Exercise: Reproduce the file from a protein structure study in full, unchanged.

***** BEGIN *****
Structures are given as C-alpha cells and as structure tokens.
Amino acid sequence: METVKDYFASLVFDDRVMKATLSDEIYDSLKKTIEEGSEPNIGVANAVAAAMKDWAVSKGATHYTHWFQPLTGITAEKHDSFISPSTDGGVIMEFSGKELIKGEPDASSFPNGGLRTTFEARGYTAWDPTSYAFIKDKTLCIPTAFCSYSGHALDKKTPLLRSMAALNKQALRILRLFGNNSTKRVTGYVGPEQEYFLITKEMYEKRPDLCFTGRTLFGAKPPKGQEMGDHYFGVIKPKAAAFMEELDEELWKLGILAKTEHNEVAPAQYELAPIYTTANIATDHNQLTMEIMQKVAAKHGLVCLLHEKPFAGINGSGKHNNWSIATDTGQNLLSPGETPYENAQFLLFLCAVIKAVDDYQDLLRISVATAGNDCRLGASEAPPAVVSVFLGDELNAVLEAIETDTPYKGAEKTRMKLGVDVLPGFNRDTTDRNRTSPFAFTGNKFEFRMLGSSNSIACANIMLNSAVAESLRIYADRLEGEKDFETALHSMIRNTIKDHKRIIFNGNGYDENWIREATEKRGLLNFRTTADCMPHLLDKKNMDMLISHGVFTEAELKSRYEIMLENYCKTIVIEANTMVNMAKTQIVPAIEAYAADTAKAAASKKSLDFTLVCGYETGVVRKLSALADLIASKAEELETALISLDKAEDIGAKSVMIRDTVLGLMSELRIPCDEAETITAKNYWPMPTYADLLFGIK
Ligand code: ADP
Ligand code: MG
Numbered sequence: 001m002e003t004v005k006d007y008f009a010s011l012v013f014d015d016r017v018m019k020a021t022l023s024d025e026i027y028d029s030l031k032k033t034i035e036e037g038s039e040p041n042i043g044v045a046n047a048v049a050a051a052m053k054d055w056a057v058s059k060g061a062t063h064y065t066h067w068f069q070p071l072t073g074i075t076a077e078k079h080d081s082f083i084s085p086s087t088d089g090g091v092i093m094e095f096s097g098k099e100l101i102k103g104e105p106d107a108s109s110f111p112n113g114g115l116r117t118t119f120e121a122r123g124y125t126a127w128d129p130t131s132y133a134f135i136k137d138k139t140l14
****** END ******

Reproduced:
Structures are given as C-alpha cells and as structure tokens.
Amino acid sequence: METVKDYFASLVFDDRVMKATLSDEIYDSLKKTIEEGSEPNIGVANAVAAAMKDWAVSKGATHYTHWFQPLTGITAEKHDSFISPSTDGGVIMEFSGKELIKGEPDASSFPNGGLRTTFEARGYTAWDPTSYAFIKDKTLCIPTAFCSYSGHALDKKTPLLRSMAALNKQALRILRLFGNNSTKRVTGYVGPEQEYFLITKEMYEKRPDLCFTGRTLFGAKPPKGQEMGDHYFGVIKPKAAAFMEELDEELWKLGILAKTEHNEVAPAQYELAPIYTTANIATDHNQLTMEIMQKVAAKHGLVCLLHEKPFAGINGSGKHNNWSIATDTGQNLLSPGETPYENAQFLLFLCAVIKAVDDYQDLLRISVATAGNDCRLGASEAPPAVVSVFLGDELNAVLEAIETDTPYKGAEKTRMKLGVDVLPGFNRDTTDRNRTSPFAFTGNKFEFRMLGSSNSIACANIMLNSAVAESLRIYADRLEGEKDFETALHSMIRNTIKDHKRIIFNGNGYDENWIREATEKRGLLNFRTTADCMPHLLDKKNMDMLISHGVFTEAELKSRYEIMLENYCKTIVIEANTMVNMAKTQIVPAIEAYAADTAKAAASKKSLDFTLVCGYETGVVRKLSALADLIASKAEELETALISLDKAEDIGAKSVMIRDTVLGLMSELRIPCDEAETITAKNYWPMPTYADLLFGIK
Ligand code: ADP
Ligand code: MG
Numbered sequence: 001m002e003t004v005k006d007y008f009a010s011l012v013f014d015d016r017v018m019k020a021t022l023s024d025e026i027y028d029s030l031k032k033t034i035e036e037g038s039e040p041n042i043g044v045a046n047a048v049a050a051a052m053k054d055w056a057v058s059k060g061a062t063h064y065t066h067w068f069q070p071l072t073g074i075t076a077e078k079h080d081s082f083i084s085p086s087t088d089g090g091v092i093m094e095f096s097g098k099e100l101i102k103g104e105p106d107a108s109s110f111p112n113g114g115l116r117t118t119f120e121a122r123g124y125t126a127w128d129p130t131s132y133a134f135i136k137d138k139t140l14